tense times

I never thought that being born and raised in the U.S. had much of an effect on my understanding of the world. After all, I’m Muslim, a minority, a history major – I know with some detail what’s happening with our brothers and sisters in many place across the globe – I’m ‘aware’ and ‘informed’. But it wasn’t until I came to the Middle East that I realized that I’ve been in somewhat of a protective bubble called “living in America”. While I knew what was going on in the world while living in the U.S., while it made me angry, broke my heart, brought me to tears… somewhere inside there was the feeling that these things were happening in a far distant place, remote and unreachable.

 For the Syrians, the oppression of their brothers and sisters in Palestine, Iraq, and now most recently in Lebanon, are not distant realities, that swim in an orbit of an individual’s awareness about world politics and affairs; but they are occurrences that happen right next door. (Literally; Syria borders Iraq on it’s eastern edge and Lebanon and Palestine on it’s western.) The children crying on television, the men killed, the women wailing… they are just like them – in fact they *are* them, the only difference being man-made borders drawn by outsiders. It is actually just like the hadeeth of Rasulullah (salAllahu alayhi wa salam) says, “The ummah is like one body; if one part of it is injured, the whole body feels its pain. ” Somehow in the U.S., I feel like we are disconnected from this body; we watch it suffer with concern and sadness, but we don’t really feel the pain.

I don’t know… perhaps there is some hidden hikmah in this – that with some emotional distance from the suffering, with a general sense of safety and well-being, we can forge ahead with a cool-headed sense of purpose and intent and help out the cause of the ummah. But sometimes ease is a harder challenge than difficulty. It’s certainly easier to get lost along the way.

Syria has become the refuge for many types of people in the foregoing years; the Kurds and the Palestinians, the Iraqis after America’s invasion, and now the Lebanese. The number of Lebanese pouring into Syria is close to 200,000. There presence is most apparent in the streets that are more crowded and the markets that are more full… but the Lebanese are similar to the Syrians in their dress and physical appearance, so it’s hard to tell who’s who. At the masajid the imams are encouraging people to donate for their assistance, medical aid and temporary housing, and there is a general feeling of support and compassion towards them, while many Syrian are volunteering in whatever capacity they can to help out.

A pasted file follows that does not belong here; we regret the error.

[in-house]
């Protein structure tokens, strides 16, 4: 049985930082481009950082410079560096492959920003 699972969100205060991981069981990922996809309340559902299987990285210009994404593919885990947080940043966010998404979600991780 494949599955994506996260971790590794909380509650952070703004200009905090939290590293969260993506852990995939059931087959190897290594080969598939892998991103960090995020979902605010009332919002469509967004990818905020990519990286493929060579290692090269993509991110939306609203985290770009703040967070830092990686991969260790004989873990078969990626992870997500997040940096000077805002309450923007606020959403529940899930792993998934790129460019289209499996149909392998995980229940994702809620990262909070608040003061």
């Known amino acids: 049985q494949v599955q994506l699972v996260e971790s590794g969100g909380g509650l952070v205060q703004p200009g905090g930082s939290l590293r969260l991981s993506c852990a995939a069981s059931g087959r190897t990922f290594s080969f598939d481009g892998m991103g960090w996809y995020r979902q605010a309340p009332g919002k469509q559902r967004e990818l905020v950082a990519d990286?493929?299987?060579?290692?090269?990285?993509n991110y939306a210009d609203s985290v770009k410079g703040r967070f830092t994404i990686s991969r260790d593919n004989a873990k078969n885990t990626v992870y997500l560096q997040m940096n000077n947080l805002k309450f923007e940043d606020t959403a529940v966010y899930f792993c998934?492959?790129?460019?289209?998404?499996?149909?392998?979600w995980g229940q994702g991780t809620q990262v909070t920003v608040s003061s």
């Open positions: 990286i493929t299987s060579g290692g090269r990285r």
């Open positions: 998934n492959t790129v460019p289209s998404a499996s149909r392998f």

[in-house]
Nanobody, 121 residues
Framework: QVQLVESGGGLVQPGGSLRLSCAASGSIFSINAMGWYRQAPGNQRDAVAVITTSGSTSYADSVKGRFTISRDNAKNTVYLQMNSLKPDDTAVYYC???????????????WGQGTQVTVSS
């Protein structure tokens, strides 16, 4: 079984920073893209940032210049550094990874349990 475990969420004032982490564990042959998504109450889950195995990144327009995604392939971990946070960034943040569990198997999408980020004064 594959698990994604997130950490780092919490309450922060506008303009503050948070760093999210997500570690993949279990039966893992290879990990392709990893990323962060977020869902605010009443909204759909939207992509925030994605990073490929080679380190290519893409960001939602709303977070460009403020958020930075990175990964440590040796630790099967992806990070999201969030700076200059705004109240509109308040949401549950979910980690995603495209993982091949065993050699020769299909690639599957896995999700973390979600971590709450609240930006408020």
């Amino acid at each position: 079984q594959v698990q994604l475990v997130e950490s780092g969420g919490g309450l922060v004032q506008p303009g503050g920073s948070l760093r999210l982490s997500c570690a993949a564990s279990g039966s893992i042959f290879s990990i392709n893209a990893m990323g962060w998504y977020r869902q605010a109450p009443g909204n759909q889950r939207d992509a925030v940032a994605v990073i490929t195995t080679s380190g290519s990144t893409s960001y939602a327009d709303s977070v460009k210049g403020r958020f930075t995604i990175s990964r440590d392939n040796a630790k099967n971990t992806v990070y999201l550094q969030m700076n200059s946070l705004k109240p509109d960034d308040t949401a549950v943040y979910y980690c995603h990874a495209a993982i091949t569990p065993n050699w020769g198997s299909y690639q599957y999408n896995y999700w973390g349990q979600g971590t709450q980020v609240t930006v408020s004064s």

The last few weeks have been quite nerve-wracking; the original sense of shock at Israel’s aggression (Did they really bomb Beirut?!?? — Many of the Western students studying here in Syria would go to Beirut for the weekend when they missed home – Beirut was a small taste of the U.S./U.K. in the Middle East — modern streets and shops, American food and restaurants; everything written in English, etc) and then, coupled with outrage and frustration, a sense of fear about the aggression expanding into Syria. (What if they bomb here? Will we be able to get out? How can we leave so many innocent people that we know behind, to suffer at their hands?) Watching the news very carefully; talking with other students about their ‘plan of action’ if anything were to happen; concerned calls from families back home, urging us to leave as soon as possible; and so on.

Only Allah (swt) knows what the future holds for Shaam, this region, and for us… all I know is, I have never thought so much about the shortness of my life, how abrupt its ending could be, and the importance of making use of my time before it’s all over. We forget sometimes that this is hayaat ad-dunyaa, and there are no guarantees.

Published in: on July 30, 2006 at 9:57 am  Comments (1)  

first post :)


I went to the University of Damascus to meet someone the other day.  I studied at the University during my first two months in Syria (about eight months ago), but hadn’t returned to the campus since I began studying Arabic at a different school.